Henry River Mill Village
Nicole Callihan (Author) Ruby Young Keller (Author)
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DescriptionIn 1904, the building of a planned community began, and the Henry River Manufacturing Company started producing fine cotton yarns in 1905. In its time, Henry River Mill Village was a completely self-sustained town: it operated under its own currency, generated its own electricity, and churned its own moonshine. While the mill thrived during its operating years, the 12-hour shifts often proved backbreaking for workers. By the time the 12,000 spindles slowed to a halt in the late 1960s, many workers had hoboed out of town looking for higher wages. The mill itself burned down in 1977, but the two-story company store and many of the workers' houses remain, creating an eerie silhouette--and serving as inspiration to both artists and filmmakers.
Arcadia Publishing Library Editions
July 30, 2012
6.69 X 9.61 X 0.38 inches | 0.91 pounds
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About the Author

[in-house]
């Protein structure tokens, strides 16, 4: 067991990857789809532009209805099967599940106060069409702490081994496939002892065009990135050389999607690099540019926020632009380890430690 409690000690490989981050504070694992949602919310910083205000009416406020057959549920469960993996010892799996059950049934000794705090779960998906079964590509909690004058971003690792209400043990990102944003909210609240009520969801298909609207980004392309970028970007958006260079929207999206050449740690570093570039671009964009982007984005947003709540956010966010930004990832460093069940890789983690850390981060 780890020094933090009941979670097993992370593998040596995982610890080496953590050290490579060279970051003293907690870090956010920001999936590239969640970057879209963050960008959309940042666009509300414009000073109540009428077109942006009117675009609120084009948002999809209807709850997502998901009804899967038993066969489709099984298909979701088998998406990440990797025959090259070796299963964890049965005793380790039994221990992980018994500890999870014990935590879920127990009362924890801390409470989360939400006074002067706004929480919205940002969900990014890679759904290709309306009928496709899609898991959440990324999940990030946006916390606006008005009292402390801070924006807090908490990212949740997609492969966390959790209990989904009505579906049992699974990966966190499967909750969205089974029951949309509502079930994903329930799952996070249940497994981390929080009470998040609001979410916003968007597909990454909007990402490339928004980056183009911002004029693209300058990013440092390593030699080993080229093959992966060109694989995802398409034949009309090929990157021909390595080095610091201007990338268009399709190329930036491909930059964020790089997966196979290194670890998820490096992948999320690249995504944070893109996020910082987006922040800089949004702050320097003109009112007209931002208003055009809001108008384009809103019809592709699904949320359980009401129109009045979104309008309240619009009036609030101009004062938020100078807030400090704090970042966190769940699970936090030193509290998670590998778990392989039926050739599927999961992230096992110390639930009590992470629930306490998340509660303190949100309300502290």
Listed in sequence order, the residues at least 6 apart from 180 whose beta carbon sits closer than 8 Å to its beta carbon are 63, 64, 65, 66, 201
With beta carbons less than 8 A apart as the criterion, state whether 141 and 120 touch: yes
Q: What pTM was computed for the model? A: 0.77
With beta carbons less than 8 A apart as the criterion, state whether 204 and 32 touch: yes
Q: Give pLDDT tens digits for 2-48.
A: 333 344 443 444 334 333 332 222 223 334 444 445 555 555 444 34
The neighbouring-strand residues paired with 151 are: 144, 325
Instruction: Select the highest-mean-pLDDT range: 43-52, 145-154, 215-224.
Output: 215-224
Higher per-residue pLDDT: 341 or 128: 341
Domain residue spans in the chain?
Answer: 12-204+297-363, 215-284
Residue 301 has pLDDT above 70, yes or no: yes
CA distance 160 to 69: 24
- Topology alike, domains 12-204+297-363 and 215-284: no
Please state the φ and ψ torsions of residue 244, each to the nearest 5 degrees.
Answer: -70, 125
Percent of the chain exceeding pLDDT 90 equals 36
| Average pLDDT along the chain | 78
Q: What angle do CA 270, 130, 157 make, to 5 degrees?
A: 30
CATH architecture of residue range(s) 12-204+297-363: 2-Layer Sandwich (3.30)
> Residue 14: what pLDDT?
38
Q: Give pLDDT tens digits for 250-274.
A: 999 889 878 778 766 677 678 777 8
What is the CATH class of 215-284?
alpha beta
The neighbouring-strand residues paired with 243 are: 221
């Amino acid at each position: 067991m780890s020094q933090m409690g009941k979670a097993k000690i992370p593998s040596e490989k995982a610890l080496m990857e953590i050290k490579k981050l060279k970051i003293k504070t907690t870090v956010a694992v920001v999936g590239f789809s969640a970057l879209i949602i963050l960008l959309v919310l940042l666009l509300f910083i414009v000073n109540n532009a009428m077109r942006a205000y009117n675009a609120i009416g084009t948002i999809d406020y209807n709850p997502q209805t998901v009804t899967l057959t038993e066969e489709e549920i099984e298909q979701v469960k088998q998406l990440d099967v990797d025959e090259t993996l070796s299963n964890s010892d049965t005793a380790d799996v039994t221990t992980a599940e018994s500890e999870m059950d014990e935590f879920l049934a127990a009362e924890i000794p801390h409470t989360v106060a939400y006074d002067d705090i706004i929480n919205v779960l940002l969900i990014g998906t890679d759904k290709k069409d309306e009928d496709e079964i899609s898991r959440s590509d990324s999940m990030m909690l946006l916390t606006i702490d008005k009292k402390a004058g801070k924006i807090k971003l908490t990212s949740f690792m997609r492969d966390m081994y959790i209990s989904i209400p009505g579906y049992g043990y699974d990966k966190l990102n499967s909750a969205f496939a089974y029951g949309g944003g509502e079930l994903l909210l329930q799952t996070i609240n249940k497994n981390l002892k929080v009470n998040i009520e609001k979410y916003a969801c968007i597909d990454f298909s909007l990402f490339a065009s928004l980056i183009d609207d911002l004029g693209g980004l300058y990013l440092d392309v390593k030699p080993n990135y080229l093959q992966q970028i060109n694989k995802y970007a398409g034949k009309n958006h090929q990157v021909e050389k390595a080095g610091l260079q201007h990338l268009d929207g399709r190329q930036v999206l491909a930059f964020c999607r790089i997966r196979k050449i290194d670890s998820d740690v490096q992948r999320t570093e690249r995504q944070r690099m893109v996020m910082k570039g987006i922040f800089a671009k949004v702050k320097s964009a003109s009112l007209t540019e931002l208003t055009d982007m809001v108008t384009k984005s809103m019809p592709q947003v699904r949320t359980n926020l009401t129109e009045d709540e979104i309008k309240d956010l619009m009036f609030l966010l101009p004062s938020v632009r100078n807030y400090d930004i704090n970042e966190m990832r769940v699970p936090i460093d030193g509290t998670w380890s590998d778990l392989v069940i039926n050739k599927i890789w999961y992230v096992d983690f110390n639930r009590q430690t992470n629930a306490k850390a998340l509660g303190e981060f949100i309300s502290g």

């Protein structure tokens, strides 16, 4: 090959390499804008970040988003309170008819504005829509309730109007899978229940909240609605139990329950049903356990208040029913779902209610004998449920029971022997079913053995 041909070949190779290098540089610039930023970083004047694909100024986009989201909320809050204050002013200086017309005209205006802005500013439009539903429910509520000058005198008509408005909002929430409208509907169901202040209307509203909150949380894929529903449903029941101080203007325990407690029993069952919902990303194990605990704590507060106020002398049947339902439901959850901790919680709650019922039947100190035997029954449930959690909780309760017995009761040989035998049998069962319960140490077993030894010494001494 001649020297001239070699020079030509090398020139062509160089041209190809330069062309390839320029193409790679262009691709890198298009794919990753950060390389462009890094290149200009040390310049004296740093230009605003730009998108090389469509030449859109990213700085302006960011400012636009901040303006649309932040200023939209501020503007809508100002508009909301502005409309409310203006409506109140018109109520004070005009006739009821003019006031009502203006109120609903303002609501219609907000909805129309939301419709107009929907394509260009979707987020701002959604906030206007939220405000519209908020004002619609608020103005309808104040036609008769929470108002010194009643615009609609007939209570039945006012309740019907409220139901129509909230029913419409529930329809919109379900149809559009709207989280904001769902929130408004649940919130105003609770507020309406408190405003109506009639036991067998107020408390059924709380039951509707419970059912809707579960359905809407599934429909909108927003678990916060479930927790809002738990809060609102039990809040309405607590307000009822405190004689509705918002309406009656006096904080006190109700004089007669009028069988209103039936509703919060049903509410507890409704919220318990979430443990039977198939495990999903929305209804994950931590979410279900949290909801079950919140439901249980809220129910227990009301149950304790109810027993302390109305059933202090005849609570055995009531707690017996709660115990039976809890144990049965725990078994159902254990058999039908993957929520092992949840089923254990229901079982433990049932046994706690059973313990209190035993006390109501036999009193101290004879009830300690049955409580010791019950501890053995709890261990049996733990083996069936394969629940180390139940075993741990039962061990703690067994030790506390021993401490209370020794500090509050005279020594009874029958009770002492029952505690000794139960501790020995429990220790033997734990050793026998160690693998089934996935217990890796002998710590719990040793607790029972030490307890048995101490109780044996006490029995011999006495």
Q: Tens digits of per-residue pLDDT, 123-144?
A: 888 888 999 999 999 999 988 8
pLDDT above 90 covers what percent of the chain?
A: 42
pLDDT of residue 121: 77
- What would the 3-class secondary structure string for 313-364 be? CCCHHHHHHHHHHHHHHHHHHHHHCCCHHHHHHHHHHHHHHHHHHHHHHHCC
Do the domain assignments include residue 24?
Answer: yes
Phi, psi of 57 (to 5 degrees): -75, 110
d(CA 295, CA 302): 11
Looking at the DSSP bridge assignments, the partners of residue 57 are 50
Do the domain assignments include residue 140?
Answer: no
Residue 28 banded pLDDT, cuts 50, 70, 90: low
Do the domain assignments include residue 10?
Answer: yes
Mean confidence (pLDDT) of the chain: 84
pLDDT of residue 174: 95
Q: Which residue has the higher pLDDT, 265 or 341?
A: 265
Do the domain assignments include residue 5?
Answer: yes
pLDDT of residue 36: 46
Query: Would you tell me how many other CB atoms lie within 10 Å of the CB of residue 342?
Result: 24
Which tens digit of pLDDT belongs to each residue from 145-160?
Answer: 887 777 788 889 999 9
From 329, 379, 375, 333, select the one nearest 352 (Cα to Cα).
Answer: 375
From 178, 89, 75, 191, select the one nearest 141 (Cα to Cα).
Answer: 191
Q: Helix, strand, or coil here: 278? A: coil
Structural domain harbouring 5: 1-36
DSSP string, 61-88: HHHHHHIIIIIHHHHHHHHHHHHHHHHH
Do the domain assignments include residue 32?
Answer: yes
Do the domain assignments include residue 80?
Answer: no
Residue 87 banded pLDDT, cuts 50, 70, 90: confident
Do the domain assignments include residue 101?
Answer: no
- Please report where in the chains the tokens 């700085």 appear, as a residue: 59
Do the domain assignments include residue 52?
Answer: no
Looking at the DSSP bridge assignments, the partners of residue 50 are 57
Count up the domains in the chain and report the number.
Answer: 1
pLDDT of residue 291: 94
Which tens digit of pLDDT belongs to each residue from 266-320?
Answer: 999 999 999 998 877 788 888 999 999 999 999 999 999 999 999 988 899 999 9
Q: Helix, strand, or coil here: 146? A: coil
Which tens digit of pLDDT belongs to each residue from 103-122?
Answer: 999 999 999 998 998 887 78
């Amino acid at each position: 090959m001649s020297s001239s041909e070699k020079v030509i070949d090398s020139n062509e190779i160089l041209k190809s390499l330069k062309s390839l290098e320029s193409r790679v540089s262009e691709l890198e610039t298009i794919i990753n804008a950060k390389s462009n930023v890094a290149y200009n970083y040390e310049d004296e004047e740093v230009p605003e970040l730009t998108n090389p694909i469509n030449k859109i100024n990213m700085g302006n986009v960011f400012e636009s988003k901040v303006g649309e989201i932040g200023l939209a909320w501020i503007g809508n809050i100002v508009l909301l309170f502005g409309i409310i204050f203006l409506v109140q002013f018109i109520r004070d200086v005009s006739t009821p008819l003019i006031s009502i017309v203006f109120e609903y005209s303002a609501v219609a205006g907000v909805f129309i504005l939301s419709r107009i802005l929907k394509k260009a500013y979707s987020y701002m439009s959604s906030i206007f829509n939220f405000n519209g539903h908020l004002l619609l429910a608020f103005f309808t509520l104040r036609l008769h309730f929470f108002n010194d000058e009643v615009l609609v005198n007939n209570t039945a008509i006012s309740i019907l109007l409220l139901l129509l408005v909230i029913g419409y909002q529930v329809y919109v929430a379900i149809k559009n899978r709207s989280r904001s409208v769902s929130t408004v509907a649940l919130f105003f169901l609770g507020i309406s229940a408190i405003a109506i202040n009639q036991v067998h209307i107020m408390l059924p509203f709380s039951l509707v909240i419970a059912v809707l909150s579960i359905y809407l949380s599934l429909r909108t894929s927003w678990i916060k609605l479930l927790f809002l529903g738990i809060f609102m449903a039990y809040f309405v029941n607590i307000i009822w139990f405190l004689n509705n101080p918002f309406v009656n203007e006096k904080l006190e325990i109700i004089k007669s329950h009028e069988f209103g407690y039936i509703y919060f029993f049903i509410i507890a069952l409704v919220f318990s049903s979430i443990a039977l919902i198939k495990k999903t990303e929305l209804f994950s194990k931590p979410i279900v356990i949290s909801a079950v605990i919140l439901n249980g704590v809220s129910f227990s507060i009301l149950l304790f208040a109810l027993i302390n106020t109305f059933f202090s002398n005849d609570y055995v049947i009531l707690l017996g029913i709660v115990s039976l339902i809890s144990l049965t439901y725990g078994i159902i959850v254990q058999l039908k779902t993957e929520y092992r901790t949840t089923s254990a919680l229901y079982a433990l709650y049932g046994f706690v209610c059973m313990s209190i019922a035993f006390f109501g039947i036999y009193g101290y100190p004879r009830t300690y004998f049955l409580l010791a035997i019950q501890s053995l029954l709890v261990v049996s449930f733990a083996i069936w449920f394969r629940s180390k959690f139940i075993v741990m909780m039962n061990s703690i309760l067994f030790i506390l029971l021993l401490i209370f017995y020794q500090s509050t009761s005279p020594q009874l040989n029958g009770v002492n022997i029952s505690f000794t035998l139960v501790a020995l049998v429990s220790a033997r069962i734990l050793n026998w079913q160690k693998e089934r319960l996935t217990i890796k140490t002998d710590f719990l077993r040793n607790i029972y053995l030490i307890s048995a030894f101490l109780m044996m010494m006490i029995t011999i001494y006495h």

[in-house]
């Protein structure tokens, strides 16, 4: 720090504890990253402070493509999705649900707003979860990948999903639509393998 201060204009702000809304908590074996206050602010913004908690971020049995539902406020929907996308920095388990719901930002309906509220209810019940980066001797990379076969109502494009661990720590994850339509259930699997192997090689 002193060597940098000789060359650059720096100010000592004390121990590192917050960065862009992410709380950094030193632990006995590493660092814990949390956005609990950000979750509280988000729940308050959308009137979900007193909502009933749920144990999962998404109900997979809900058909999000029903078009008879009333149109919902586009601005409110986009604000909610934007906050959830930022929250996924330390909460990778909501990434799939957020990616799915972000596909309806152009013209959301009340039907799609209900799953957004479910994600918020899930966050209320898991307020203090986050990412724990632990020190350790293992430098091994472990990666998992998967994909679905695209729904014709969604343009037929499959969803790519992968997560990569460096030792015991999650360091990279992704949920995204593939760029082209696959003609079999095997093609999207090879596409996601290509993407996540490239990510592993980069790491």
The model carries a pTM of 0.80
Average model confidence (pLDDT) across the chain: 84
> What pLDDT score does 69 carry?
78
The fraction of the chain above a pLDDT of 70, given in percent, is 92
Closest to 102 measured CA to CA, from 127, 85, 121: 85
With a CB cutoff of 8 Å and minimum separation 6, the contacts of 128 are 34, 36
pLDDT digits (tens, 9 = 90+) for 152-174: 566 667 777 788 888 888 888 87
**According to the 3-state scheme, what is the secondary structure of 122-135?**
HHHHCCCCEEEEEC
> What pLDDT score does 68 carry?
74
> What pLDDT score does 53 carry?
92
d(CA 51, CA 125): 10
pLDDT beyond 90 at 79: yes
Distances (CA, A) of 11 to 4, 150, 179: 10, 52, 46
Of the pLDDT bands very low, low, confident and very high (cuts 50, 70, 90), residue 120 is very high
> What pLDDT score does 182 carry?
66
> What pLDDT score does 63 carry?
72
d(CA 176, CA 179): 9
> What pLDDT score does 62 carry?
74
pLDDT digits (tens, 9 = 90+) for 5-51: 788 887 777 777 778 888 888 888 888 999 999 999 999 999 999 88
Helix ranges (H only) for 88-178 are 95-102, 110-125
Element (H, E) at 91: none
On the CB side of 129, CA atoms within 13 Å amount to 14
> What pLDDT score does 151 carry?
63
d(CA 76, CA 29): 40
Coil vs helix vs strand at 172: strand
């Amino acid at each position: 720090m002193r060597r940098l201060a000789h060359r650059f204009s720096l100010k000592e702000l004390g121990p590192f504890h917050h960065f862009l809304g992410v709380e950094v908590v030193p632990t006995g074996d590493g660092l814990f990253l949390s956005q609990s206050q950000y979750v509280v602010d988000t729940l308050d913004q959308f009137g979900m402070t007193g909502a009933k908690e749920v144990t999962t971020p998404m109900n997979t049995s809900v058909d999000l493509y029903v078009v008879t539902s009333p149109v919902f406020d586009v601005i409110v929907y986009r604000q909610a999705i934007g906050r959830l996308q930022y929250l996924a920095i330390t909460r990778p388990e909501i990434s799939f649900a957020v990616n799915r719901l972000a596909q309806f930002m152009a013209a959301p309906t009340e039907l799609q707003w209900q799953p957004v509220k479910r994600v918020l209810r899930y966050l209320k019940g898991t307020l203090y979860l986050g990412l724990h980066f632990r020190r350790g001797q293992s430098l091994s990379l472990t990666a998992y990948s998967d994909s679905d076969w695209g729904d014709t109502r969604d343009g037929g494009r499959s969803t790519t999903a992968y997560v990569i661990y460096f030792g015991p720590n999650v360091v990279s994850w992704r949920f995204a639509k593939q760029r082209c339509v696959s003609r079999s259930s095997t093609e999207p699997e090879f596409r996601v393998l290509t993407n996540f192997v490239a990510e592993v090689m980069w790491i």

Nicole Callihan's poetry has appeared in American Poetry Review, Painted Bride Quarterly, Tin House, Copper Nickel, Kenyon Review, and as a Poem-a-Day feature from the Academy of American Poets. Her books include SuperLoop, a collection of poems published in 2014. In 2015, she received, with Zoë Ryder White, the Baltic Writing Residency Chapbook Contest Award for their chapbook A Study in Spring (Rabbit Catastrophe Press, 2015). She is also the author of The Deeply Flawed Human, Downtown, Aging, and Translucence, a dual-language, cross-culture collaboration with Palestinian poet Samar Abdel Jaber. She taught in New York University's Expository Writing for twenty years and now hosts both informal and formal online poetry gatherings. She lives in New York City.